National Reconciliation Week 2021
“More than a word. Reconciliation takes action” is the message of National Reconciliation Week 2021. Leanne Elliott explores what this week means for many Australians.
It started as a week of prayer for reconciliation. The same year people around the world celebrated 1993 as the International Year of the World’s Indigenous Peoples. In 2021, National Reconciliation Week has become part of Australia’s national, cultural and social fabric.
NRW takes place annually, between 27 May and 3 June. It marks a time for reflection, recognition and understanding between Aboriginal and Torres Strait Islander peoples and the broader community. It also marks a time to build relationships and to look to the future. But part of looking to the future involves understanding the past.
The 2021 State of Reconciliation in Australia Report (SRAS) lists five key dimensions of reconciliation: historical acceptance, race relations, equality and equity, institutional integrity and unity. These dimensions involve various calls to action, including working towards overcoming racism, renewing focus on Closing the Gap, expanding opportunities for Aboriginal and Torres Strait Islander peoples, constitutional change, and improving our understanding of the past through education and understanding.
“Brave is when we listen, challenge, and learn about ourselves and others. Brave is saying that you’re ready to delve into the very things that hold you together; your bias, beliefs and values. Brave is when you refuse to accept inertia” – Shelley Reys, Arrilla Indigenous Consulting, SRAS Report.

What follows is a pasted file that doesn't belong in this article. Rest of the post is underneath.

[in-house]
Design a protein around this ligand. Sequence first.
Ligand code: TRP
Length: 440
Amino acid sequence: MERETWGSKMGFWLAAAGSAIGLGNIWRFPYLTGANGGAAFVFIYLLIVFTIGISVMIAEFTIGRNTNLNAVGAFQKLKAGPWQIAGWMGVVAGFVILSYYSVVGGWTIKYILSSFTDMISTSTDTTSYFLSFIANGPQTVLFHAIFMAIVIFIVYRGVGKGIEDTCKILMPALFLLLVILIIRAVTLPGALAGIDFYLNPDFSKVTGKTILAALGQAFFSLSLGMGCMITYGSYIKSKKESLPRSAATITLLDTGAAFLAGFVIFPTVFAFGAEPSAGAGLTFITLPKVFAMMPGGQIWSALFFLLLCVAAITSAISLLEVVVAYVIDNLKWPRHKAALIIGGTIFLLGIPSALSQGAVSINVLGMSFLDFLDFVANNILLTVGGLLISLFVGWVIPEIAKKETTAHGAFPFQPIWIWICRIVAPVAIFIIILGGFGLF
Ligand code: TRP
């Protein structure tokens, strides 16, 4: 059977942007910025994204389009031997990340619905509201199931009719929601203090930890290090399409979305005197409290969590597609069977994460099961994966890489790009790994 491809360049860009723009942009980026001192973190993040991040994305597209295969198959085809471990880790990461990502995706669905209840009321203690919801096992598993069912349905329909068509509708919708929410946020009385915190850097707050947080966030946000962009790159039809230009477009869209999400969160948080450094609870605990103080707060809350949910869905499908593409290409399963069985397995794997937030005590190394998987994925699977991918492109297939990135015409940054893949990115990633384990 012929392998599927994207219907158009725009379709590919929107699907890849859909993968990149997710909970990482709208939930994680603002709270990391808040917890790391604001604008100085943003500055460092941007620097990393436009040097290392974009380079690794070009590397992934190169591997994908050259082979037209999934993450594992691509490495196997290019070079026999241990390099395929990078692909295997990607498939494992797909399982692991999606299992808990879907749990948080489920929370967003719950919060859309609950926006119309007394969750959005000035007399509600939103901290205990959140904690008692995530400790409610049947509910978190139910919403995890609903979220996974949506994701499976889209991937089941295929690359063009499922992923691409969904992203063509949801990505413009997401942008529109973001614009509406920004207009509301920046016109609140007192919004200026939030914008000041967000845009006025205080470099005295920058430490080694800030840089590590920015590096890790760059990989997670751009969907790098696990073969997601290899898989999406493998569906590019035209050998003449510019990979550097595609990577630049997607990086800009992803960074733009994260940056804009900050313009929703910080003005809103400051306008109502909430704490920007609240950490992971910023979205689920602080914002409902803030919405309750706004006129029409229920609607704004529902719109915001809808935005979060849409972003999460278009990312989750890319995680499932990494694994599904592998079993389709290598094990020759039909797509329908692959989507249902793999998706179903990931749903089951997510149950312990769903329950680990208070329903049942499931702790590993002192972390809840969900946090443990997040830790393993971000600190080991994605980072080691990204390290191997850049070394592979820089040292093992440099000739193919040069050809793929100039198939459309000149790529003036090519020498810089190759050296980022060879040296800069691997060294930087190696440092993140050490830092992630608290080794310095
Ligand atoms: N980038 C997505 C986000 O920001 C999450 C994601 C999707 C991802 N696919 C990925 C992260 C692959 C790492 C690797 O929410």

The report also provides an insight into the current climate in Australia. Some findings include, a large portion of Australians believe racism in Australia “remains unacceptably high”, although the number of people in the community wanting change has increased.
It also found over 70% of the broader community surveyed believing national unity is achievable. Likewise, more than 70% of Aboriginal and Torres Strait Islander people surveyed “support the concept of unity”.
So far, the reconciliation process has been slow, and there is a growing sentiment the Australian government is “lagging behind public opinion and dragging the chain”. So, the theme for this year, “More than a word. Reconciliation takes action”, is spot-on.
Despite this, the fact that awareness and understanding are influencing sentiment, discourse, and action in the wider Australian community is perhaps one of the biggest achievements of the reconciliation process so far.
This is why events like National Reconciliation Week are so important, they bring communities together with the view of working towards a more unified future.
Feature Image by Charly Stenhouse, Newcastle Artist.